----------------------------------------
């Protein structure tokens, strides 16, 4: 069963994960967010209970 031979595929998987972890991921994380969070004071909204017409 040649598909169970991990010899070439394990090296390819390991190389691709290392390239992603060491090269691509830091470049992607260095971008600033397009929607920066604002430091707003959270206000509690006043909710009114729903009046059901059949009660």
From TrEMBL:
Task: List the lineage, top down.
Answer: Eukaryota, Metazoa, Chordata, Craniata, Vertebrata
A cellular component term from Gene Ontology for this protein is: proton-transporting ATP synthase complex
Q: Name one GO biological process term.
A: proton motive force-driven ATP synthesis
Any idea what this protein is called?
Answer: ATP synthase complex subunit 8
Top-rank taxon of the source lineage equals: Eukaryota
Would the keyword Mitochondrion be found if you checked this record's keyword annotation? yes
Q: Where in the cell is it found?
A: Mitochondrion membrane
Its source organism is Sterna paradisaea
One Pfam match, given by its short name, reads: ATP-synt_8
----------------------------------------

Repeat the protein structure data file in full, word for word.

């Protein structure tokens, strides 16, 4: 069963994960967010209970 031979595929998987972890991921994380969070004071909204017409 040649598909169970991990010899070439394990090296390819390991190389691709290392390239992603060491090269691509830091470049992607260095971008600033397009929607920066604002430091707003959270206000509690006043909710009114729903009046059901059949009660």
From TrEMBL:
Task: List the lineage, top down.
Answer: Eukaryota, Metazoa, Chordata, Craniata, Vertebrata
A cellular component term from Gene Ontology for this protein is: proton-transporting ATP synthase complex
Q: Name one GO biological process term.
A: proton motive force-driven ATP synthesis
Any idea what this protein is called?
Answer: ATP synthase complex subunit 8
Top-rank taxon of the source lineage equals: Eukaryota
Would the keyword Mitochondrion be found if you checked this record's keyword annotation? yes
Q: Where in the cell is it found?
A: Mitochondrion membrane
Its source organism is Sterna paradisaea
One Pfam match, given by its short name, reads: ATP-synt_8